For 26 years, laryngologists used the Laser-Shield II, a laser-safe endotracheal tube that seemed to check all the boxes. They loved its smooth surface—perfect, it seemed, for passage along the delicate tissues of the vocal folds. They loved its flexibility—perfect, it seemed, for procedures that required ease of movement. And they loved its feel—perfect, it seemed, for a quality experience for both the surgeon and the patient.
Explore This IssueOctober 2021
Then, to their surprise, manufacturer Medtronic stopped making it. There were other approved tubes for the purpose of endotracheal laser procedures, but many felt that none of them came close to the Laser-Shield II. When otolaryngologists found out it was off the market, they reached out to the company but were unable to convince Medtronic to bring back the beloved tube.
Discontinuations of otolaryngology tools and technologies can come about for a variety of reasons, manufacturers say. They sometimes happen when a component of a product becomes unavailable, with no adequate replacement. Sometimes, the revenue generated isn’t sufficient for a company to justify making it anymore. And sometimes, corporate representatives say, companies just decide that a product isn’t innovative enough any longer or isn’t worth the hassle of making it.
But when discontinuations do happen, they often take otolaryngologists by surprise, leaving them with unsatisfactory alternatives and forcing them to adjust to a tool they feel isn’t as well designed for the best outcomes. As they describe it, it’s sometimes an experience that, far from propelling them to new efficiencies with the powers of innovation, seems like going back in time, forcing them to scramble to find new sources for the instrumentation.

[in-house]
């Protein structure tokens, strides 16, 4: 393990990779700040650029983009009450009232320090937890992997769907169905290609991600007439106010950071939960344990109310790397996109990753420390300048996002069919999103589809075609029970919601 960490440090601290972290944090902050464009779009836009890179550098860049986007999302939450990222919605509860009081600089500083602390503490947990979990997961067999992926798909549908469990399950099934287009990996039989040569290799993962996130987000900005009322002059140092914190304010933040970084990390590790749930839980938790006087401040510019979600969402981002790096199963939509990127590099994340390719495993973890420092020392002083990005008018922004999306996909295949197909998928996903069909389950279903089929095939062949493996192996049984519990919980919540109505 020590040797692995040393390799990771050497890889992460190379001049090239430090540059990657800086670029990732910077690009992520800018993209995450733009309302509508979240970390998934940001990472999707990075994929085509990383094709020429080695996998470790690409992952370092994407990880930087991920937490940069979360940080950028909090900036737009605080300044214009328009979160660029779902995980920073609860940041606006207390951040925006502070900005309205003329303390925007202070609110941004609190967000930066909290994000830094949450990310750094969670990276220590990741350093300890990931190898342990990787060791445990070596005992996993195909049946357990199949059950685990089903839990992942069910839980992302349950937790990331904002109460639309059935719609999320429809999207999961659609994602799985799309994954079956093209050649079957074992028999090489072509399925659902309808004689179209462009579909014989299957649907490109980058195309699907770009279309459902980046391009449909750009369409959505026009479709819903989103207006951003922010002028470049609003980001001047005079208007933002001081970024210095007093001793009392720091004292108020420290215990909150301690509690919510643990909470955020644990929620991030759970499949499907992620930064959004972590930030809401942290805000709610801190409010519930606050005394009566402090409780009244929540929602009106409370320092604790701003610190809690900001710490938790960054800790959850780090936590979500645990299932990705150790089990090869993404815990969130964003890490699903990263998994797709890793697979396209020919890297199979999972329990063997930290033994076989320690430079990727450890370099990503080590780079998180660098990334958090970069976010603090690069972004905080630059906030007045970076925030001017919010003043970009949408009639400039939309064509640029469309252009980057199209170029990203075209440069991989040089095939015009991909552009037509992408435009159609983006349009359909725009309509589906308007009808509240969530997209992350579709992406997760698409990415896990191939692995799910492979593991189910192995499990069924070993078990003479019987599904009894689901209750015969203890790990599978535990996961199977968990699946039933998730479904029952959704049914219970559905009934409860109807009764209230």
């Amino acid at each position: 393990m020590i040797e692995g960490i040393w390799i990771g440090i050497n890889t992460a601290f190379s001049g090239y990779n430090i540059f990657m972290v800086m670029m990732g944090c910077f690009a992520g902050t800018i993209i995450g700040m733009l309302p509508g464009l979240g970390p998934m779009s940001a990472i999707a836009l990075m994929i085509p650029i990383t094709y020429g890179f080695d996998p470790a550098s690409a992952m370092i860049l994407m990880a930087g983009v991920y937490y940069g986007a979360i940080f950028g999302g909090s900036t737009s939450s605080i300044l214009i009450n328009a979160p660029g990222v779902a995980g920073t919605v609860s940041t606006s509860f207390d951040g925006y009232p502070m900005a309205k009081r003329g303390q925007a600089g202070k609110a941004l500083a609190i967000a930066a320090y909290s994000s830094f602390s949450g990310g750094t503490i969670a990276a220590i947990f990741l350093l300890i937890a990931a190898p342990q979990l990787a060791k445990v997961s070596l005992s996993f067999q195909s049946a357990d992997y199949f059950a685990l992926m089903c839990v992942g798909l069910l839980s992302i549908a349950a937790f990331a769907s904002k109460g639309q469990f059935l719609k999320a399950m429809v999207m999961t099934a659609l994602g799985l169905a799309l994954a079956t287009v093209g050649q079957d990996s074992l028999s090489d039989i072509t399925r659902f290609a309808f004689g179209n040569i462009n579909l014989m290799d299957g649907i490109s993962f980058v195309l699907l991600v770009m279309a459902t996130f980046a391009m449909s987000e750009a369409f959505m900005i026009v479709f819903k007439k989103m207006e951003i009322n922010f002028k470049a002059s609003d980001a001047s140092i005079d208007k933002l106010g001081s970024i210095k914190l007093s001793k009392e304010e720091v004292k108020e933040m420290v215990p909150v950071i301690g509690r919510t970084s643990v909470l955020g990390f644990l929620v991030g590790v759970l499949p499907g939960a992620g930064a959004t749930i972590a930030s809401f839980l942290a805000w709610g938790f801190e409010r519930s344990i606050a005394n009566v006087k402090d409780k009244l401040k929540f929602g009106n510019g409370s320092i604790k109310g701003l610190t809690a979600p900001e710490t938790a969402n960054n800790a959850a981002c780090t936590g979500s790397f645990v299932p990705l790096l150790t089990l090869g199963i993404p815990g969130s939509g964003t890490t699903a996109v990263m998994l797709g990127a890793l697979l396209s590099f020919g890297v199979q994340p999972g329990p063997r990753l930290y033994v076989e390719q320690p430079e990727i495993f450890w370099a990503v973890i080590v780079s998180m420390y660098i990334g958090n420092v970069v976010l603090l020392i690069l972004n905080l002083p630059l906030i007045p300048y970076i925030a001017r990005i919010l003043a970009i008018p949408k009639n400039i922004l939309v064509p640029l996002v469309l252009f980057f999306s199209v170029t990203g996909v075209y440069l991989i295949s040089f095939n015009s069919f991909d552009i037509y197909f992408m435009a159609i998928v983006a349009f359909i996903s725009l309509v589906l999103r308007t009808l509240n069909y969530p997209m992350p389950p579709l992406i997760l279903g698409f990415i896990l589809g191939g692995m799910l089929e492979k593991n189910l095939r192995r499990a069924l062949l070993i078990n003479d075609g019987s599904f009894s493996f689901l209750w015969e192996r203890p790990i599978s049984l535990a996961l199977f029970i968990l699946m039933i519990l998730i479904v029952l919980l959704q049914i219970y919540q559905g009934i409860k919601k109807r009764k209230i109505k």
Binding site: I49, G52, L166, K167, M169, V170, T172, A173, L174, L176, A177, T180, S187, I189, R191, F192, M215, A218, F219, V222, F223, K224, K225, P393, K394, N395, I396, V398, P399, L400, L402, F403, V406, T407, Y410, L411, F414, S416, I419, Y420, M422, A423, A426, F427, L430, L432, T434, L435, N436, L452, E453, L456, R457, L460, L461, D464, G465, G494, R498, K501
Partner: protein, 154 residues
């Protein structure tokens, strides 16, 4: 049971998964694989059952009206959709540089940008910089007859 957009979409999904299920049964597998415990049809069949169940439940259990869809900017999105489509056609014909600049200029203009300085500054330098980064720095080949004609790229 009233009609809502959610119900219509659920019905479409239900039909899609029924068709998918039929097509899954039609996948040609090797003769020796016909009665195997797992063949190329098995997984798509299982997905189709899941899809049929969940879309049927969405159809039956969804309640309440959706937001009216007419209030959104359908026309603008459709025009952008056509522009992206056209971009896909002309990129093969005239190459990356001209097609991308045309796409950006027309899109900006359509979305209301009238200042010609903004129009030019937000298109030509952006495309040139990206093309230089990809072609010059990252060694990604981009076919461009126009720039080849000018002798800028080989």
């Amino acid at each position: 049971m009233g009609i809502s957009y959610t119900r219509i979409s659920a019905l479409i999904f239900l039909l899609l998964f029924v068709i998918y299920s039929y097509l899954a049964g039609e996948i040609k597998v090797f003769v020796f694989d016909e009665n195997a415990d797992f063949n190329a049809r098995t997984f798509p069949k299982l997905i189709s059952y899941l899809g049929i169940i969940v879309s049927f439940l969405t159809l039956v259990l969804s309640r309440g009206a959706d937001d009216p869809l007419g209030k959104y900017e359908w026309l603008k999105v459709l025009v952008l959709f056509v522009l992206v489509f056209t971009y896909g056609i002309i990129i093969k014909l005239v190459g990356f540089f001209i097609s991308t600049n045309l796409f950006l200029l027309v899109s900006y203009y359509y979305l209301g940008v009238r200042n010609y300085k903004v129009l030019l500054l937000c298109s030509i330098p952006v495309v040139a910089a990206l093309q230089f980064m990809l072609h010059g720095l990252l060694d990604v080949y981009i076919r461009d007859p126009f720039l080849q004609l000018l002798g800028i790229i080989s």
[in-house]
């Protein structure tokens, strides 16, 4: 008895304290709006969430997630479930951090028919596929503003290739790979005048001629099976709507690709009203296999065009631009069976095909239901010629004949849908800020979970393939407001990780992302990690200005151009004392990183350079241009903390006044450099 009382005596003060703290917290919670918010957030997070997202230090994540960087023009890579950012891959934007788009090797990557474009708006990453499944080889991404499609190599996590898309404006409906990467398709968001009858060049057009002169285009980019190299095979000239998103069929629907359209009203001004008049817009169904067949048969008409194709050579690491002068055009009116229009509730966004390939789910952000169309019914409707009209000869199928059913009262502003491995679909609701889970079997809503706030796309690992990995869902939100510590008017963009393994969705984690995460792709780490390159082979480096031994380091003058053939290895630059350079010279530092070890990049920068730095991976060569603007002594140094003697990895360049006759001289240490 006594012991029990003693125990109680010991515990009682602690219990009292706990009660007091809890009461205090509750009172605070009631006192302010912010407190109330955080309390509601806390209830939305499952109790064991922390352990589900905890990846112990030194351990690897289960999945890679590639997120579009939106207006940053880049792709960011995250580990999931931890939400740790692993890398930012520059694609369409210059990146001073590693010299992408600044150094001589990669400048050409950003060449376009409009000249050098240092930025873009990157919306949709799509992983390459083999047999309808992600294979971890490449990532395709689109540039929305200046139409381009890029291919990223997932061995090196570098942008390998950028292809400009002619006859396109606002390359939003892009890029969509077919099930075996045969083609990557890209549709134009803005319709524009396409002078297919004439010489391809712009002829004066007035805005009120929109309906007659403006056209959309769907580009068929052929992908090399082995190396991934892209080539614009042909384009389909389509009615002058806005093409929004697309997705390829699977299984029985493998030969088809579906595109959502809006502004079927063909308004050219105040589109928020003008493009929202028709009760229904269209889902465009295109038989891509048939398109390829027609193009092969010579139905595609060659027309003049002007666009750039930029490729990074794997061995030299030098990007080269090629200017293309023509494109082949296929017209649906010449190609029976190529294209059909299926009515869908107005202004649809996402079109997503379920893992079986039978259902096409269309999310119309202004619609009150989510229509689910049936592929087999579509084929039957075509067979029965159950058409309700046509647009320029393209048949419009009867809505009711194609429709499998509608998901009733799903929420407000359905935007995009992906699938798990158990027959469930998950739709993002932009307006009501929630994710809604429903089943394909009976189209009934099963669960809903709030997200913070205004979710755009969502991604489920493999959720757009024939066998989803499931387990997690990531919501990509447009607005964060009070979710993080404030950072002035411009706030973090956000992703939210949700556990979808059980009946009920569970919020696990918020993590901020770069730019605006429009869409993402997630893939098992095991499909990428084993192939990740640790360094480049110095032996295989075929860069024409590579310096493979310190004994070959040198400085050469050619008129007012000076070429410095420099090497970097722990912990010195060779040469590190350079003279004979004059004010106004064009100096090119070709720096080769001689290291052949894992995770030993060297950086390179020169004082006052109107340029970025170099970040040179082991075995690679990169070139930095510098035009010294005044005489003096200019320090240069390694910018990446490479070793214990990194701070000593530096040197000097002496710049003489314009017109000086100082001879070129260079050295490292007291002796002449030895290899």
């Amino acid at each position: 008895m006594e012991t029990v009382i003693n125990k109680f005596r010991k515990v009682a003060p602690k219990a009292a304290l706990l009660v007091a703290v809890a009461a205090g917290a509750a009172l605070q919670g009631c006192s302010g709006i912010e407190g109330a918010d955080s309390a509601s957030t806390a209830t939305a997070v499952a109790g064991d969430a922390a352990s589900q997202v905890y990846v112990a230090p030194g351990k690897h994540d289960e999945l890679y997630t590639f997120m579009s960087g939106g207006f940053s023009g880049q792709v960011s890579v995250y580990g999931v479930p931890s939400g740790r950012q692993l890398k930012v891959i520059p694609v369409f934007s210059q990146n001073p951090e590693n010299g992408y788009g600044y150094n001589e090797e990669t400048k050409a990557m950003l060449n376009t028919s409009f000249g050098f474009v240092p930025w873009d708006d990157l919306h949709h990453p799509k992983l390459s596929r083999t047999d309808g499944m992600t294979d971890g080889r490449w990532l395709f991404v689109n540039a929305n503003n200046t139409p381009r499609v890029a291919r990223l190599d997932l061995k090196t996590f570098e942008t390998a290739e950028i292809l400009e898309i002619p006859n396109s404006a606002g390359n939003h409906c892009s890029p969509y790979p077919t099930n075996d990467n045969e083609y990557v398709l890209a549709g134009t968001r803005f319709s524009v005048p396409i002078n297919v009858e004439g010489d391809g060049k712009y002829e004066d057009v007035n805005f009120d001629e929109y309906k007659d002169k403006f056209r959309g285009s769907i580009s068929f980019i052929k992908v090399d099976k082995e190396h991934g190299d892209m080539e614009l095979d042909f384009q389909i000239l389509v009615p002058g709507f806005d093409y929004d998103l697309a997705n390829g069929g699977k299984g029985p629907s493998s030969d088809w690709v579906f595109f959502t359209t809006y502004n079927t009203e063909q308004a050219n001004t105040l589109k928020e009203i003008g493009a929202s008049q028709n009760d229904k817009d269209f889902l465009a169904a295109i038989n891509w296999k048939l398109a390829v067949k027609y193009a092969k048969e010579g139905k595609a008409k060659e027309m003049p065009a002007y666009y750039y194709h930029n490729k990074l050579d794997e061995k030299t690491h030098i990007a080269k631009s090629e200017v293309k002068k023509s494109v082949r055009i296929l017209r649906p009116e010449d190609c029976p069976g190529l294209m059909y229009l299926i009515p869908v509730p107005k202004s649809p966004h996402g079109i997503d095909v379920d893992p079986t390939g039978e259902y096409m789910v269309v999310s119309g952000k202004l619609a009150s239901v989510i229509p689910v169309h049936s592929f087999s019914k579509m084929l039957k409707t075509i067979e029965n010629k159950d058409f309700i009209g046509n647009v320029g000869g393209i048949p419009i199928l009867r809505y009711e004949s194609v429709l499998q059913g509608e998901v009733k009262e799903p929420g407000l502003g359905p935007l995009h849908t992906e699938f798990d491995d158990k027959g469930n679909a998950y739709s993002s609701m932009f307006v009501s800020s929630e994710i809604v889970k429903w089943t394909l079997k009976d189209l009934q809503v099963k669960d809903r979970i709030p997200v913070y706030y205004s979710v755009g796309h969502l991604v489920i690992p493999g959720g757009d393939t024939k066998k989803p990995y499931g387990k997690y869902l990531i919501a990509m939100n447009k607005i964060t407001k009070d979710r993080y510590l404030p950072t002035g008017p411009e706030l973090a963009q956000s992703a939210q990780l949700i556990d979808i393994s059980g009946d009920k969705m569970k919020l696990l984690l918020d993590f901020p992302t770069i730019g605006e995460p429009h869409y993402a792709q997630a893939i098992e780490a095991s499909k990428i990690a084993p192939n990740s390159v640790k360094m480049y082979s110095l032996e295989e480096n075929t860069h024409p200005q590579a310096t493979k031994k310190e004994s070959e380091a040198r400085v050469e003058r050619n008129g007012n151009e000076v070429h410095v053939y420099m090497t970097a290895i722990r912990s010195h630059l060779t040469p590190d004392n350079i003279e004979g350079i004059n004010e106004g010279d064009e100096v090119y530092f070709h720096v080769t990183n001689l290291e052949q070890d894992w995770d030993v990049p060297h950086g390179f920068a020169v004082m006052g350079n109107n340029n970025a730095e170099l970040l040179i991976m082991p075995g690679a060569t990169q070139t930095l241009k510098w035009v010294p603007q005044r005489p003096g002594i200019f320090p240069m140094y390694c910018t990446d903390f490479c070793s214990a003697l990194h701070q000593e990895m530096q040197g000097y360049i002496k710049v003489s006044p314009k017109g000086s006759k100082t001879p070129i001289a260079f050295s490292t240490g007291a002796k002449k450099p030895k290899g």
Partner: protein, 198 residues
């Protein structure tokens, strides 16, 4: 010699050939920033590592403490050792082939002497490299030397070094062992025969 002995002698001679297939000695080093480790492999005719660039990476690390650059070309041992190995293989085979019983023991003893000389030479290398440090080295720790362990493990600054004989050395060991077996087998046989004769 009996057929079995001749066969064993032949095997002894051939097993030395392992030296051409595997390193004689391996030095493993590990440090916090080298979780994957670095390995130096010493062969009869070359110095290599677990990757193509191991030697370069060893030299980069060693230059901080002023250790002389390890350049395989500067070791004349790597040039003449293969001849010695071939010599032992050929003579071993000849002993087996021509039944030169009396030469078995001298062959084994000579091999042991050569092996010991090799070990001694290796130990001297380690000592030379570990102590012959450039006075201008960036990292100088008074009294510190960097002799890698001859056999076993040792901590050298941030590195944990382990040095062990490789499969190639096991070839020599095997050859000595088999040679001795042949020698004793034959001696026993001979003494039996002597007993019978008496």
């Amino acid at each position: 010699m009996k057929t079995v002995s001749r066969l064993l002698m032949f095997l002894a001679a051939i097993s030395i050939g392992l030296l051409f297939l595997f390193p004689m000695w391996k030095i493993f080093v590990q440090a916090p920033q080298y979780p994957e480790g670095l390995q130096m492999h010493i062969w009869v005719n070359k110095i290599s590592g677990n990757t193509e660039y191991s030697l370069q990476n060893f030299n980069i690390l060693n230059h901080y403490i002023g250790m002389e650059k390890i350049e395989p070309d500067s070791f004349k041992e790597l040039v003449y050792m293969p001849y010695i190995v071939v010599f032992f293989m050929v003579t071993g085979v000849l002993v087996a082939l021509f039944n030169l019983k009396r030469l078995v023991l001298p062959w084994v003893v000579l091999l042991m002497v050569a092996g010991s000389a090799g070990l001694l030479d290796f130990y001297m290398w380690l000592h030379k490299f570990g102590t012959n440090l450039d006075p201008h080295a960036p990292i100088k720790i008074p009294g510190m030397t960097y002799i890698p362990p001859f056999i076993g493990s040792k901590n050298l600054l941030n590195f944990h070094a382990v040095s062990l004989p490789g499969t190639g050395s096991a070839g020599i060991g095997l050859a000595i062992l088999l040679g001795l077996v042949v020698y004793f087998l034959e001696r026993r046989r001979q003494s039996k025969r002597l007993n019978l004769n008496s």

“We don’t have a lot of say; it just happens,” said Michael Johns, MD, director of the University of Southern California Voice Center in Los Angeles. “It seems sort of shocking when we’ve seen great advances in some of the ways we give patients care, and then economic forces lead to it going away.”
Complicated Decision Making
On the plus side, new needs can result in a replacement that’s superior to the old product, as happened with the endotracheal tube after a gap of about four years without the well-regarded version. But, originally, one of the go-to replacements for the Laser-Shield II was a metal corrugated tube that, otolaryngologists say, was stiffer and, with its ridges, could be abrasive to the tissues of the vocal folds.
“The balloon on this metal tube also was very large and not tight-to-shaft. It actually made it difficult to intubate patients who have glottic stenosis or other reasons for their larynx to be constricted,” said Jonathan Bock, MD, professor of otolaryngology–head and neck surgery at the Medical College of Wisconsin in Milwaukee. “It also obscured the view as you passed it through the vocal cords. I’ve definitely had a handful of patients whom we could easily have intubated with the old tubes. And then you had to figure out how that would affect your care for the patient. Sometimes, that can have a significant negative impact.”
Amy Van Sach, Medtronic’s vice president of marketing for otolaryngology products, said the company understands that the transition to a new product can be difficult. “It was a popular product, and it’s always difficult to adjust to a different technology,” she said. “At the end of the day, it’s about making sure that patients can get the care that they need. In some cases, we’re going to be the one that can provide existing and new tools and solutions; in other cases, there might be another product in the marketplace.”
Van Sach said decisions to discontinue medical products aren’t simple. “It’s a complicated decision-making process, especially when you’re talking about medical devices, because it isn’t like discontinuing a consumer product. These are tools that physicians do rely on,” she said. “We want to make sure that we understand if there’s still an innovative nature to the product offering. I think that’s a question that a company has to continually ask itself when it’s in the business of providing innovative solutions in the healthcare space.”